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Re: Is it dangerous to change xenon bulbs in my car's headlights?
« Reply #12 on: December 12, 2013, 07:10:10 AM »
Disconnect the battery and and wear rubber gloves. You can get the cloth coated in rubber kind from Dollar Tree. Those are my favorites since they are comfortable, durable and cheap. If you are really worried disconnect the battery the night before, capacitors are not meant to hold their charge for a really long time so would be discharged after a few minutes likely as not.

Half-Borg

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Re: Is it dangerous to change xenon bulbs in my car's headlights?
« Reply #13 on: December 12, 2013, 07:29:28 AM »
A xenon bulb is not much different than a halogen bulb.  Different gas in the glass capsule.  You may be thinking of an HID which uses an arc rather than a filament. 
That is so not true...
Halogen is like your regular bulb, with a piece of wolfram where the current flows through.
Xenon is more like a neon tube with an arc that has to be ignited with thousands of volts.

The Xeon headlight has a starter which provides the spark for the inital arc. The 80 KV are only around for a short time.
But has there are capacitors involved which might hold the voltage for a period of time.
Quote
I know my electric fundamentals. The classical Ohm's law is - U=IR. Or, if you flip it around, I=U/R. So, the higher the voltage, the more amps you're going to get - provided that the power source has it in itself to begin with
That does not apply here, simply because the capacitor can not hold up a lot of ampere for even a fraction of a second. But it can still kill you.

That said, I would still not hesitate to do it. Unplug the battery, not only to protect yourself but also the electronics in your car, it is very easy to slip with your screwdriver and short circuit something.
If you wait a couple of minutes to give the capacitor time to discharge, you are going to be fine.

I don't know about your car, but my headlights have to aligned after a bulb has been changed. That is something you can not properly do yourself, but it should take a mechanic like 5 minutes and cost 10 bucks.

Spork

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Re: Is it dangerous to change xenon bulbs in my car's headlights?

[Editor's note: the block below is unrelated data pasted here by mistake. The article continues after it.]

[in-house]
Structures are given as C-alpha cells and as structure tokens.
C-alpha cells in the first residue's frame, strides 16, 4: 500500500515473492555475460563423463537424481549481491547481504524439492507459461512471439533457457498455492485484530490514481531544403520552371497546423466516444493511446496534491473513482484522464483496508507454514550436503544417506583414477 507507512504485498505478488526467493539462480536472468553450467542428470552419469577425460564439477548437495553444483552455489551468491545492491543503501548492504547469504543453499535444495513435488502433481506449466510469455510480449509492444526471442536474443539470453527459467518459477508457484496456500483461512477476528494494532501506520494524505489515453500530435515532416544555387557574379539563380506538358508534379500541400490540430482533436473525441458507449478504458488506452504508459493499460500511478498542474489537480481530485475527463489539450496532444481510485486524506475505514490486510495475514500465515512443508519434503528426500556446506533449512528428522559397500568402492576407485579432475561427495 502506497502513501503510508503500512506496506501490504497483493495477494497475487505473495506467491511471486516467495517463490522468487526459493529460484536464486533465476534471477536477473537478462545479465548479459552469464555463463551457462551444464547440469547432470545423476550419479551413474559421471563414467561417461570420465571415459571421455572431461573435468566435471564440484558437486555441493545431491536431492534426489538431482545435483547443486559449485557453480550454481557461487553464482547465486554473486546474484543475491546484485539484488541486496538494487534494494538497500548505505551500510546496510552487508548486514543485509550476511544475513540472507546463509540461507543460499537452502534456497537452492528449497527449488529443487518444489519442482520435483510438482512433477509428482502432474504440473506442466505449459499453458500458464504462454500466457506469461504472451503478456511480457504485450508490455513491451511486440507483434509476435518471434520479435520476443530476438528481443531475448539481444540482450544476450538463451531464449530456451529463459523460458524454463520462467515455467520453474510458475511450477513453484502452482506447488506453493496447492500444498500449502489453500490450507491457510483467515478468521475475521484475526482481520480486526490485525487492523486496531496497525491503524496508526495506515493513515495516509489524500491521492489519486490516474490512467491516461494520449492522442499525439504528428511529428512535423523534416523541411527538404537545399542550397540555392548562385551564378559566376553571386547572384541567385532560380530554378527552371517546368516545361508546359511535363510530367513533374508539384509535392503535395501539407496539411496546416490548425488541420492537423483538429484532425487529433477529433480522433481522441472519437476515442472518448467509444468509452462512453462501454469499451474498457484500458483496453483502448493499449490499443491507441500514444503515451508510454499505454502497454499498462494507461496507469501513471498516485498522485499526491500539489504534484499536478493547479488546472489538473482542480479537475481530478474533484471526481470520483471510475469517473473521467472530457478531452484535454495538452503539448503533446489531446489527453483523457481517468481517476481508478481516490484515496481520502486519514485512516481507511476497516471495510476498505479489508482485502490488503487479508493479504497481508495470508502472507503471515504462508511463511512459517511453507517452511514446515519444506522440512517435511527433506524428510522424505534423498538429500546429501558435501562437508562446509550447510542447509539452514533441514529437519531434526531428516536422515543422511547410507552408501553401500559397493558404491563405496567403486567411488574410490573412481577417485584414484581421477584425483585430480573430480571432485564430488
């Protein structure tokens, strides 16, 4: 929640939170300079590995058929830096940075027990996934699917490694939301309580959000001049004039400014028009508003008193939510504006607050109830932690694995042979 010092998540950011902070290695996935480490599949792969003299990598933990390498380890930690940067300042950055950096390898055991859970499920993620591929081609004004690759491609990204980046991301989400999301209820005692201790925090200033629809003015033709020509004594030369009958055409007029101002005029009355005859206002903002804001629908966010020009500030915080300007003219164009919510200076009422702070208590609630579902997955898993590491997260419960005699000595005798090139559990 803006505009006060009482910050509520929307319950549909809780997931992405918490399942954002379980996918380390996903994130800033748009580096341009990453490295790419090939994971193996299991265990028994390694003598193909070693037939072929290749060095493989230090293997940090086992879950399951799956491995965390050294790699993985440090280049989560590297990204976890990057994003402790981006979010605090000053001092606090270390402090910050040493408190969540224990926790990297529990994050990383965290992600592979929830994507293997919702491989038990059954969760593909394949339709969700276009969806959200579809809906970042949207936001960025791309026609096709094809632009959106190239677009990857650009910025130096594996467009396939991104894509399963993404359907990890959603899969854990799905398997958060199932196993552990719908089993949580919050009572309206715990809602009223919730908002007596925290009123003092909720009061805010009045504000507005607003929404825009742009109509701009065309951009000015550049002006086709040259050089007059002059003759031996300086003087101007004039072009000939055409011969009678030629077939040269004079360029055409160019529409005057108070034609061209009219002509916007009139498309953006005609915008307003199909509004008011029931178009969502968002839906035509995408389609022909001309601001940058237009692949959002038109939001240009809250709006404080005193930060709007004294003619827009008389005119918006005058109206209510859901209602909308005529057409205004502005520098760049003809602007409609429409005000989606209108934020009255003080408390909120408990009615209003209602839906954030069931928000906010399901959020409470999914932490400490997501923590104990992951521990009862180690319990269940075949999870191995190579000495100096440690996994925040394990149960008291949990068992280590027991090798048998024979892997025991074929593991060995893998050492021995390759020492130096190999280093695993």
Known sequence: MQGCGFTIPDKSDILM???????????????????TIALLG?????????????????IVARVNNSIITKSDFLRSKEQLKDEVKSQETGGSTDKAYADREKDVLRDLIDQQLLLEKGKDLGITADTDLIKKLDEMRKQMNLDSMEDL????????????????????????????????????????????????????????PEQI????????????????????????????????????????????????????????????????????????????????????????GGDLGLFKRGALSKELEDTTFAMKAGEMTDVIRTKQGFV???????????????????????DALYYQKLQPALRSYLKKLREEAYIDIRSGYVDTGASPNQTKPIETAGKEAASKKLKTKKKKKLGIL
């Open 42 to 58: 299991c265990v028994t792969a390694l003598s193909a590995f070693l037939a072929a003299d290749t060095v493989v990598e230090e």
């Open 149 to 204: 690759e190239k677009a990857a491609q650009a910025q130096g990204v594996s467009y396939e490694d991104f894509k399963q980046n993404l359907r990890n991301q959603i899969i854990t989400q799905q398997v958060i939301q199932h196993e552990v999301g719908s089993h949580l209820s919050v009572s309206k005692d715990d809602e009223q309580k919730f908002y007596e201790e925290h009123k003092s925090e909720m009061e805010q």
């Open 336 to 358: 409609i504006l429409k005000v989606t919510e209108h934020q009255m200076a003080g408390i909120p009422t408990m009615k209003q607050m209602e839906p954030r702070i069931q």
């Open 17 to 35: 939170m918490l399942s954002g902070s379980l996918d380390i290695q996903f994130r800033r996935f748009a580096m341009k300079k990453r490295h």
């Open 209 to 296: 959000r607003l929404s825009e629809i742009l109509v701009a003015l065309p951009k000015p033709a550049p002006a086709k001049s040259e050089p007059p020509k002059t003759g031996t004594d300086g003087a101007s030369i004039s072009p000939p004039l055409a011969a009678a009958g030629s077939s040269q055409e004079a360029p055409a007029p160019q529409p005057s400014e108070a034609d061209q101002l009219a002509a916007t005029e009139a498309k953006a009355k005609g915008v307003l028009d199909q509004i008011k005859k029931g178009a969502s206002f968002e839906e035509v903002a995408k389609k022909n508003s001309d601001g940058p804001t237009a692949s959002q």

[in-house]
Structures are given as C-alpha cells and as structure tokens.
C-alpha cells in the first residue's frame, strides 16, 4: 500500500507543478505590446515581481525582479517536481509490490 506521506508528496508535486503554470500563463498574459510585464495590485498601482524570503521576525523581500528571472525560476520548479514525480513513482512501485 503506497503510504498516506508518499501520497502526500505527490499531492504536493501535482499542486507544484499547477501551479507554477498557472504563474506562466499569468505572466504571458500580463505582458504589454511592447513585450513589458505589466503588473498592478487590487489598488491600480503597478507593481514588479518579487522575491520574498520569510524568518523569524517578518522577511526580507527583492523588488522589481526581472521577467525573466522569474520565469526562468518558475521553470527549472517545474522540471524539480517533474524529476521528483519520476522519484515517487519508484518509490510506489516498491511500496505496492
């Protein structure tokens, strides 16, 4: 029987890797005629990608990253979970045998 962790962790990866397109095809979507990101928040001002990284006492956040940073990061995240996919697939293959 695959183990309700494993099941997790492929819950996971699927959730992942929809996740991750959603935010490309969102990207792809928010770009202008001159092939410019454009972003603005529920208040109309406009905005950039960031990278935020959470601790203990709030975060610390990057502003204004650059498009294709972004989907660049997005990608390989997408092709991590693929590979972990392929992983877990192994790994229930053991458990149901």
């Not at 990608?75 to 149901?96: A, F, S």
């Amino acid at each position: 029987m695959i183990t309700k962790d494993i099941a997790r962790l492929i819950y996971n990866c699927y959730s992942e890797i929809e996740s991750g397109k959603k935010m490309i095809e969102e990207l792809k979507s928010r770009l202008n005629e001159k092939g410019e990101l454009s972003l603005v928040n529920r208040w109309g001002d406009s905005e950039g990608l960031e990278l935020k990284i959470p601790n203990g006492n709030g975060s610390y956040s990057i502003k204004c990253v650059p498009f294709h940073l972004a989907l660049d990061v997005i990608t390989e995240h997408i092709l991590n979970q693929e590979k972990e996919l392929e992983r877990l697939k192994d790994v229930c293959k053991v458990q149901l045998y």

« Reply #14 on: December 12, 2013, 07:54:46 AM »

I don't know about your car, but my headlights have to aligned after a bulb has been changed. That is something you can not properly do yourself, but it should take a mechanic like 5 minutes and cost 10 bucks.

I've not seen a headlight where the bulb changes the position of the bucket... but if it does:

Drive up to a brick wall.  Look where the other (properly adjusted) light is pointing.  Adjust the new one to match.  5 minutes.  Zero bucks.

There was a time many many years ago that state inspections included a "check headlight adjustment".  It was basically a way for the inspectors to fail you and charge you an extra $10 for the adjustment.  I always self adjusted.  I always passed.

PantsOnFire

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Re: Is it dangerous to change xenon bulbs in my car's headlights?
« Reply #15 on: December 12, 2013, 08:42:13 AM »
A xenon bulb is not much different than a halogen bulb.  Different gas in the glass capsule.  You may be thinking of an HID which uses an arc rather than a filament. 
That is so not true...
Halogen is like your regular bulb, with a piece of wolfram where the current flows through.
Xenon is more like a neon tube with an arc that has to be ignited with thousands of volts.
To make things even more complicated, there *are* xenon bulbs that are essentially like halogens--tungsten filament and all.  You can plug them in in lieu of an incandescent or halogen bulb.  For a while they were sold as plug-and-play upgrades for car headlamps--basically the next step up from a halogen.  You still see them in kitchen lighting (puck lighting, range hoods, etc.) and there are 12V versions and 120V versions. 

And then there are *xenon arc* bulbs which require a ballast and different reflector positioning. 

Nowadays most people mean "xenon arc" when they say "xenon" in the context of car headlights, but a few years ago before HIDs were prevalent "xenon" often just meant a brighter, longer lasting version of the halogen bulb. 
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Half-Borg

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Re: Is it dangerous to change xenon bulbs in my car's headlights?
« Reply #16 on: December 12, 2013, 08:53:27 AM »

I don't know about your car, but my headlights have to aligned after a bulb has been changed. That is something you can not properly do yourself, but it should take a mechanic like 5 minutes and cost 10 bucks.

I've not seen a headlight where the bulb changes the position of the bucket... but if it does:
It's less a matter of the bulb and more that I have to disassemble half of the car to get them out in the first place.

Quote
To make things even more complicated, there *are* xenon bulbs that are essentially like halogens--tungsten filament and all.  You can plug them in in lieu of an incandescent or halogen bulb.  For a while they were sold as plug-and-play upgrades for car headlamps--basically the next step up from a halogen.  You still see them in kitchen lighting (puck lighting, range hoods, etc.) and there are 12V versions and 120V versions.